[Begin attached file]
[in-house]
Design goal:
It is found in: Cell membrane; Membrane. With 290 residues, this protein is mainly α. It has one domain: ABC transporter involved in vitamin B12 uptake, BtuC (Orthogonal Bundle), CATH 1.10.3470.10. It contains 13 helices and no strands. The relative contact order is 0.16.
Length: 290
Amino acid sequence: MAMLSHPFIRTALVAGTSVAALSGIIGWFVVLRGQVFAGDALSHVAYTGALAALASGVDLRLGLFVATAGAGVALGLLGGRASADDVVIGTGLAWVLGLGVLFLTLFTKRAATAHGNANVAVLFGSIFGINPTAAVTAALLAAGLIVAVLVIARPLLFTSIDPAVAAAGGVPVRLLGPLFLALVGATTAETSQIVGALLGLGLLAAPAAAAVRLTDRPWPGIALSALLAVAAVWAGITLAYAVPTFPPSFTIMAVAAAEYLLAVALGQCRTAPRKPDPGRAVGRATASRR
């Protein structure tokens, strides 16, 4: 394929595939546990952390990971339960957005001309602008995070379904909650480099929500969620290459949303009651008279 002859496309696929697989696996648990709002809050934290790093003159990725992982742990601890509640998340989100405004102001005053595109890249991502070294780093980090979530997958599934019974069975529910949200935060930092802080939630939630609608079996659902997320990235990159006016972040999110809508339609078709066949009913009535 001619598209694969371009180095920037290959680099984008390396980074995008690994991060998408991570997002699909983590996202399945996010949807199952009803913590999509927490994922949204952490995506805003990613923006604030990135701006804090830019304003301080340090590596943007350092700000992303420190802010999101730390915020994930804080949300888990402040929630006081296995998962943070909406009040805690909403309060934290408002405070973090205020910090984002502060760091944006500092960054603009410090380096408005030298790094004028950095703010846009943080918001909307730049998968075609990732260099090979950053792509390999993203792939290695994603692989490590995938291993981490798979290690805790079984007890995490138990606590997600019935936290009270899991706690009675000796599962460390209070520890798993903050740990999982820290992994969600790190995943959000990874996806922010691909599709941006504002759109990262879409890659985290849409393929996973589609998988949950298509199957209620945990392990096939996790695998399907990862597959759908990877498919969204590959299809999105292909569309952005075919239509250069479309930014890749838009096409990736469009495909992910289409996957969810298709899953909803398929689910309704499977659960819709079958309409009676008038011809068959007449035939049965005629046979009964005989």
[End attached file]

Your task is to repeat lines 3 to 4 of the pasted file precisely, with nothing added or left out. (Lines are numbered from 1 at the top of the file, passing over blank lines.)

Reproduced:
It is found in: Cell membrane; Membrane. With 290 residues, this protein is mainly α. It has one domain: ABC transporter involved in vitamin B12 uptake, BtuC (Orthogonal Bundle), CATH 1.10.3470.10. It contains 13 helices and no strands. The relative contact order is 0.16.
Length: 290